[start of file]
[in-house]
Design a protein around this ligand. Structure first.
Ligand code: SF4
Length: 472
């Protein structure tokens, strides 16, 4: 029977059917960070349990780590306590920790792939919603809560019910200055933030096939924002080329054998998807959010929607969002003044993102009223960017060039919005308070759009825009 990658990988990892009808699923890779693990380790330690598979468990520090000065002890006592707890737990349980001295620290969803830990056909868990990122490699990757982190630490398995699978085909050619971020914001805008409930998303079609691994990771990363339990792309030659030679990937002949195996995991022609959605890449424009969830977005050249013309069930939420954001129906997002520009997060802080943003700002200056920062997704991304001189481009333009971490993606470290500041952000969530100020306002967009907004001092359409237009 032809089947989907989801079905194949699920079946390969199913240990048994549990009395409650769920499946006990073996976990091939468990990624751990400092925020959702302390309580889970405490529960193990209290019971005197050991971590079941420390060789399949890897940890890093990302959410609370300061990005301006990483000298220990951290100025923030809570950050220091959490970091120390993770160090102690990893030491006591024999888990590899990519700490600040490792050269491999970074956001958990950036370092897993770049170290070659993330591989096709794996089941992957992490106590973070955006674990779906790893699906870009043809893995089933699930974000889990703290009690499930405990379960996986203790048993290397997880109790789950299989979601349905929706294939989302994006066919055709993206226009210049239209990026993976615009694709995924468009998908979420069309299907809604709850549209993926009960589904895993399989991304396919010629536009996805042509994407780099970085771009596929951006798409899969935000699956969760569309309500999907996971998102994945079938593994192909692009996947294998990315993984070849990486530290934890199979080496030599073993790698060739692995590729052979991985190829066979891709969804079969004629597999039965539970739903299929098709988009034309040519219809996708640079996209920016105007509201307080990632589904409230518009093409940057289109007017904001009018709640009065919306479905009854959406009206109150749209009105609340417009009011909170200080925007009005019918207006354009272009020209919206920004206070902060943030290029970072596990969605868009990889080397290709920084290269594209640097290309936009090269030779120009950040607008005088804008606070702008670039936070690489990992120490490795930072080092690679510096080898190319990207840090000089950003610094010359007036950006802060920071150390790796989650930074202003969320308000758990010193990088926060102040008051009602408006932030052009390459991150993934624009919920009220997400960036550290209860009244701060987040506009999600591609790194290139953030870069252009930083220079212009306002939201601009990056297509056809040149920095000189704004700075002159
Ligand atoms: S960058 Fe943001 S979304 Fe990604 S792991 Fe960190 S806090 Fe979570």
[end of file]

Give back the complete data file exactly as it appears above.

[in-house]
Design a protein around this ligand. Structure first.
Ligand code: SF4
Length: 472
């Protein structure tokens, strides 16, 4: 029977059917960070349990780590306590920790792939919603809560019910200055933030096939924002080329054998998807959010929607969002003044993102009223960017060039919005308070759009825009 990658990988990892009808699923890779693990380790330690598979468990520090000065002890006592707890737990349980001295620290969803830990056909868990990122490699990757982190630490398995699978085909050619971020914001805008409930998303079609691994990771990363339990792309030659030679990937002949195996995991022609959605890449424009969830977005050249013309069930939420954001129906997002520009997060802080943003700002200056920062997704991304001189481009333009971490993606470290500041952000969530100020306002967009907004001092359409237009 032809089947989907989801079905194949699920079946390969199913240990048994549990009395409650769920499946006990073996976990091939468990990624751990400092925020959702302390309580889970405490529960193990209290019971005197050991971590079941420390060789399949890897940890890093990302959410609370300061990005301006990483000298220990951290100025923030809570950050220091959490970091120390993770160090102690990893030491006591024999888990590899990519700490600040490792050269491999970074956001958990950036370092897993770049170290070659993330591989096709794996089941992957992490106590973070955006674990779906790893699906870009043809893995089933699930974000889990703290009690499930405990379960996986203790048993290397997880109790789950299989979601349905929706294939989302994006066919055709993206226009210049239209990026993976615009694709995924468009998908979420069309299907809604709850549209993926009960589904895993399989991304396919010629536009996805042509994407780099970085771009596929951006798409899969935000699956969760569309309500999907996971998102994945079938593994192909692009996947294998990315993984070849990486530290934890199979080496030599073993790698060739692995590729052979991985190829066979891709969804079969004629597999039965539970739903299929098709988009034309040519219809996708640079996209920016105007509201307080990632589904409230518009093409940057289109007017904001009018709640009065919306479905009854959406009206109150749209009105609340417009009011909170200080925007009005019918207006354009272009020209919206920004206070902060943030290029970072596990969605868009990889080397290709920084290269594209640097290309936009090269030779120009950040607008005088804008606070702008670039936070690489990992120490490795930072080092690679510096080898190319990207840090000089950003610094010359007036950006802060920071150390790796989650930074202003969320308000758990010193990088926060102040008051009602408006932030052009390459991150993934624009919920009220997400960036550290209860009244701060987040506009999600591609790194290139953030870069252009930083220079212009306002939201601009990056297509056809040149920095000189704004700075002159
Ligand atoms: S960058 Fe943001 S979304 Fe990604 S792991 Fe960190 S806090 Fe979570």